Jump to content

Recommended Posts

  • Replies 20
  • Created
  • Last Reply

Top Posters In This Topic

Top Posters In This Topic

Are you not issued all the equipment you would need from your organization? If not, why not and why are you putting your own money into it when they should be?

If this is for personal use then lets of band-aids and a bit of gauze and a few triangulars is all you need.

Link to post
Share on other sites

Well.. Advanced, civilian, first aid isn't like AEMT advanced; so it really depends on what you were trained to do. In the US, Advanced first aid is just more comprehensive than standard, more hands on. If you're in a secluded area, go big, it can never hurt. Good, bystander first aid, long before an ambulance can arrive does save lives; so I'll go along w/ it, rather than put him down. If you want to spend your own money, go ahead, no business of mine. Often smaller organizations can't provide equipment anyway.

Big to Small;

Several large wound dressings

pressure dressings

universal trauma dressings

several sizes of Crepe Bandages 7.5 to 15cm wide

bulky Crepe Bandages, 11.5cm wide

a dozen triangular bandages

45.5cm and 61cm b 7.5cm wide splints

rolled aluminum splints

hypoallergenic 2.5 and 5cm wide tape

heavy duty 7.5cm tape

roll of aluminum foil; and of clear plastic wrap

Several seal-able plastic bags

instant ice packs

10cm x 10cm gauze squares - at least 20

Combine Pads 10cm x 20cm

steel shears

bandage scissors

alcohol, iodine and sting/itch wipes

sharp, pointed, forceps

fabric dressing strips; aka bandaids - just a small package

bottled, sterile, irrigation solution

non-sticking dressings for burns

heavy, disposable blanket - Google it for a supplier; like Military or Hartwell Isothermal; none of those plastic and paper yellow blankets

note pad/pencil - because pens don't always work

Snake bite extractor - don't cut and suck... Draw some out, let it bleed freely; irrigate, wipe with iodine, apply a pressure dressing and treat for shock.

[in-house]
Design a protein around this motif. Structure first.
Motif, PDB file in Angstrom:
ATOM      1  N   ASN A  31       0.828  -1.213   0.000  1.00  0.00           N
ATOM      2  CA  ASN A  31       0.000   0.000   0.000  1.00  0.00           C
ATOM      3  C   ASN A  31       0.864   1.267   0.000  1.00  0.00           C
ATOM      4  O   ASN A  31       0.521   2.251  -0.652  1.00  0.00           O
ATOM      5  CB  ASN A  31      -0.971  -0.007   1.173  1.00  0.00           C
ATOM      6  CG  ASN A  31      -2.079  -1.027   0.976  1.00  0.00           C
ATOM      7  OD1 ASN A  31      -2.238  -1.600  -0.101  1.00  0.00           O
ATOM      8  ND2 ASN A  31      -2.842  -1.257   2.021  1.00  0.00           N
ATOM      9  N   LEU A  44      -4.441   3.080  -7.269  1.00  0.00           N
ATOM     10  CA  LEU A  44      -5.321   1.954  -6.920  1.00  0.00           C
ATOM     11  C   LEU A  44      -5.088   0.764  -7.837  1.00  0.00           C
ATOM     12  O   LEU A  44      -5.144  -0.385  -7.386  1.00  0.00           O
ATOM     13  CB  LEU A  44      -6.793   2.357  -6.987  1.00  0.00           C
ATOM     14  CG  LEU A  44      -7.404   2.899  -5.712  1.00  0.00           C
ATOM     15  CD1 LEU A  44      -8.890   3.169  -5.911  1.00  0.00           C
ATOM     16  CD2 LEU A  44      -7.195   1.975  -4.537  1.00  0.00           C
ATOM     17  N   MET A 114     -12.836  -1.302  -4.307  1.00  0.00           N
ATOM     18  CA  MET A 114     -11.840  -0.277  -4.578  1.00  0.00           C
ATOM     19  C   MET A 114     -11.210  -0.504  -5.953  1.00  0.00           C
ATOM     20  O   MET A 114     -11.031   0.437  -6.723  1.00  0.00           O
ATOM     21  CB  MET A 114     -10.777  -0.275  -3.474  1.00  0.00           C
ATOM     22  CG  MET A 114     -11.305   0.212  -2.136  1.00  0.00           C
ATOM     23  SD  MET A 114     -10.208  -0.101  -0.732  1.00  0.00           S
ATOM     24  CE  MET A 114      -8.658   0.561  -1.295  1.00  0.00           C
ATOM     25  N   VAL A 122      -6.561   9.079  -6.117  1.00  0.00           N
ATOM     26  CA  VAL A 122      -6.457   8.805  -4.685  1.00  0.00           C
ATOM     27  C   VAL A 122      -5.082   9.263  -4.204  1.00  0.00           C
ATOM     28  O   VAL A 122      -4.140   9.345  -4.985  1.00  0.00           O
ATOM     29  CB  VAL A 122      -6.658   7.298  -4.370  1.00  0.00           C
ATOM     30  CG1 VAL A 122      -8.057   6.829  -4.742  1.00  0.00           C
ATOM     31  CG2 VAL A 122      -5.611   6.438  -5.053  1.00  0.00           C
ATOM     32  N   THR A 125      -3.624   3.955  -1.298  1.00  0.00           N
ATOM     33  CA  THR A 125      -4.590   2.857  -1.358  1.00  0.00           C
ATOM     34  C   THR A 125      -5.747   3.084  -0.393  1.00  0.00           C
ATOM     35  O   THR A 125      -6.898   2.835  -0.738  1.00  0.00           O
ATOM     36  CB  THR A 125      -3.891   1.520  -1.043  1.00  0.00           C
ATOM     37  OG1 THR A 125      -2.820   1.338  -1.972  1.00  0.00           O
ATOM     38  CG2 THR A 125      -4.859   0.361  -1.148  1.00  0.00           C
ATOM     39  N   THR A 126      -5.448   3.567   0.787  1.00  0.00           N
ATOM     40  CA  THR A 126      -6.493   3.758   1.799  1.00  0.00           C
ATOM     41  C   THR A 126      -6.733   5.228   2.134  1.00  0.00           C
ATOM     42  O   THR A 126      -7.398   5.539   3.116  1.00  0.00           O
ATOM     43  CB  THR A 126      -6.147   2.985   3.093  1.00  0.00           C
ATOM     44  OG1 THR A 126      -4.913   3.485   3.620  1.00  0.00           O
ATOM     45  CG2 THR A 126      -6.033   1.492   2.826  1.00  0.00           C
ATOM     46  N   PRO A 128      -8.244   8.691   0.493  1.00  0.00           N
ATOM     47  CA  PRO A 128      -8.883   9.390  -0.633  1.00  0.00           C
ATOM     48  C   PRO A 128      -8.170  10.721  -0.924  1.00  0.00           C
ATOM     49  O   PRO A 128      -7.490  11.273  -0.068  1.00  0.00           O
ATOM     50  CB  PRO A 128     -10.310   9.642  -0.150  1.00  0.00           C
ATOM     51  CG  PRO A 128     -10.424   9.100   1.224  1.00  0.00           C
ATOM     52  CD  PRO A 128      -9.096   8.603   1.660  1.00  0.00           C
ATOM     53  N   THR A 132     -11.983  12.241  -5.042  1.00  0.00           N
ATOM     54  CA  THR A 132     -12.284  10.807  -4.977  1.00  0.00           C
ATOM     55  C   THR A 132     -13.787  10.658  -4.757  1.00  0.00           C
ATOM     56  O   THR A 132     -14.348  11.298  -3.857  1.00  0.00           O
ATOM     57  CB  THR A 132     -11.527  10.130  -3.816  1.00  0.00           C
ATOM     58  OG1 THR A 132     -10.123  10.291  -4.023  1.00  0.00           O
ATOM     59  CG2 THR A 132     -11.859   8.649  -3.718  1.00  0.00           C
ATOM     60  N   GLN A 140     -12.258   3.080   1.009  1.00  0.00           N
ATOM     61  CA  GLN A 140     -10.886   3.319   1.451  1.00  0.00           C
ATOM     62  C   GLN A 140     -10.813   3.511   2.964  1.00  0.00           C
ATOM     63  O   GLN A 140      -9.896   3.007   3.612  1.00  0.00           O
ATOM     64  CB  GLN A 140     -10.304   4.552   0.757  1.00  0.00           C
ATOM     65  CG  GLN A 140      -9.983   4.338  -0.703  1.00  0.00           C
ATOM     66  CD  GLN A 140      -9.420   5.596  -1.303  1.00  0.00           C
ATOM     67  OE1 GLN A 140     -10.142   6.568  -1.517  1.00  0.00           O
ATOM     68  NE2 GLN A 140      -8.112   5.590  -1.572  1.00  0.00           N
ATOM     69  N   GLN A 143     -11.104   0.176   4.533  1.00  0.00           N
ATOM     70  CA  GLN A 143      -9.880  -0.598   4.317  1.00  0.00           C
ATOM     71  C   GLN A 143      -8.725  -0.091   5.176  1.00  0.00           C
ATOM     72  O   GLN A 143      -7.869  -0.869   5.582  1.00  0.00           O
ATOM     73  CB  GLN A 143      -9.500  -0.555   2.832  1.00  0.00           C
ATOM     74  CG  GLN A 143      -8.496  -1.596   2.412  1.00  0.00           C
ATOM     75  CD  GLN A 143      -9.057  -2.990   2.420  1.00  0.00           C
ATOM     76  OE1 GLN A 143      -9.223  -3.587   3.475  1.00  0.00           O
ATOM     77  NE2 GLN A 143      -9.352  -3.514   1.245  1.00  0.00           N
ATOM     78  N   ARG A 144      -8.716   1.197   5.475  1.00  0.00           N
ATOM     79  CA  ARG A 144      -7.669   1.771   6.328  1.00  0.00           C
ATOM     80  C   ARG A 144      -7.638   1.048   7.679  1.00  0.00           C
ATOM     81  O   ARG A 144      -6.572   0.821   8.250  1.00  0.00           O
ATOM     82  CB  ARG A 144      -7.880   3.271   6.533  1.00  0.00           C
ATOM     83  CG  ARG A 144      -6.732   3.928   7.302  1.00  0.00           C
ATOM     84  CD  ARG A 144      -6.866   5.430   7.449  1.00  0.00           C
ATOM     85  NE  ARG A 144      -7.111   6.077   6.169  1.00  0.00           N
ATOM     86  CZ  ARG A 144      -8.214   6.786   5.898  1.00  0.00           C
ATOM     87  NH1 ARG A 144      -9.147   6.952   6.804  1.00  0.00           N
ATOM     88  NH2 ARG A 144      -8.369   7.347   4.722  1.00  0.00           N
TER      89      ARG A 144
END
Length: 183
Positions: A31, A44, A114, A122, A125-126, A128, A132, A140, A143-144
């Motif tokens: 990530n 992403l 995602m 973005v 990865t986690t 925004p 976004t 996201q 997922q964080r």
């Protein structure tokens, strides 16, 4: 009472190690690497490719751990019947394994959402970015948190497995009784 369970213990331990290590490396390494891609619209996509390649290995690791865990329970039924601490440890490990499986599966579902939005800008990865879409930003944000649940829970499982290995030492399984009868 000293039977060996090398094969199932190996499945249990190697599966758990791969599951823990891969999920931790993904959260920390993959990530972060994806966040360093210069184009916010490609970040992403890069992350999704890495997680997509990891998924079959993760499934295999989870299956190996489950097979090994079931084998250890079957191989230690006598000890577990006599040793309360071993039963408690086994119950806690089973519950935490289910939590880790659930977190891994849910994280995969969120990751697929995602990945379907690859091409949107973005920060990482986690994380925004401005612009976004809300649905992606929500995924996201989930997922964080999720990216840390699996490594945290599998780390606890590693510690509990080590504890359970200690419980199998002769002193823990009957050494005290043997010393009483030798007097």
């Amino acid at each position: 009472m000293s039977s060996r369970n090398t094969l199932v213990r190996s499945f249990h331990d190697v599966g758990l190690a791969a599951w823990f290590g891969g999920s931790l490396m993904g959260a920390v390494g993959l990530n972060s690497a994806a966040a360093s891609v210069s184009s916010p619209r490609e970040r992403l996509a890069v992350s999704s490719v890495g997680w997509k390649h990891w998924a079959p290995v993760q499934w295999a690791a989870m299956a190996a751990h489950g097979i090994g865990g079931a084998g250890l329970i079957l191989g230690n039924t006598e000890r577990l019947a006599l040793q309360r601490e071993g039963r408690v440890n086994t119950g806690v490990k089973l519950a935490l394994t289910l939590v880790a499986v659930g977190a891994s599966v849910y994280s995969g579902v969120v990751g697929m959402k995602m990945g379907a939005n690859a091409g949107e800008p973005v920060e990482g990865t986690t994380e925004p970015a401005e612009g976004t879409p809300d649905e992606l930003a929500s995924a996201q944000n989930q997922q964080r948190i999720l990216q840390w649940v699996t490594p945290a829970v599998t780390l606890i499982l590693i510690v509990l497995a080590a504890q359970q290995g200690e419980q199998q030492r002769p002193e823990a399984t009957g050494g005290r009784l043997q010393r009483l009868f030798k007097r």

if trained; maybe an inhalator set up with a mask for resuscitation

tourniquet - prepared, no sticks and cravats

Put it in a large, hard plastic, with water/dust seal box. Bags tend to stain items and soil them over time.

I converted inches to centimeters. :P

Edited by 4c6
Link to post
Share on other sites
For what purpose? In what location (home, car, etc)? For what level of training? To what end?

Without those questions answered, we can't even begin to intelligently address this for you. What we would recommend for someone to keep in their car for travelling and roadside emergencies would be quite different from what we would recommend for a hiker/camper/hunter, or for someone providing first aid at a sporting event, as St. Johns so often does.

Before you carry anything, you should first get advice from St Johns.

Link to post
Share on other sites

Even if you don't plan on helping anyone.. Never hurts to have a first aid kit. You can probably buy a nice kit from St. Johns that will suit your needs. Who knows what you'll need it for, or where.. Even if just for your own family, accidents happen to everyone, everywhere. If you fail to have a plan, then your plan is to fail.

Edited by 4c6
Link to post
Share on other sites
This thread is quite old. Please consider starting a new thread rather than reviving this one.

Join the conversation

You can post now and register later. If you have an account, sign in now to post with your account.

Reply to this topic...

×   Pasted as rich text.   Paste as plain text instead

  Only 75 emoji are allowed.

×   Your link has been automatically embedded.   Display as a link instead

×   Your previous content has been restored.   Clear editor

×   You cannot paste images directly. Upload or insert images from URL.

  • Create New...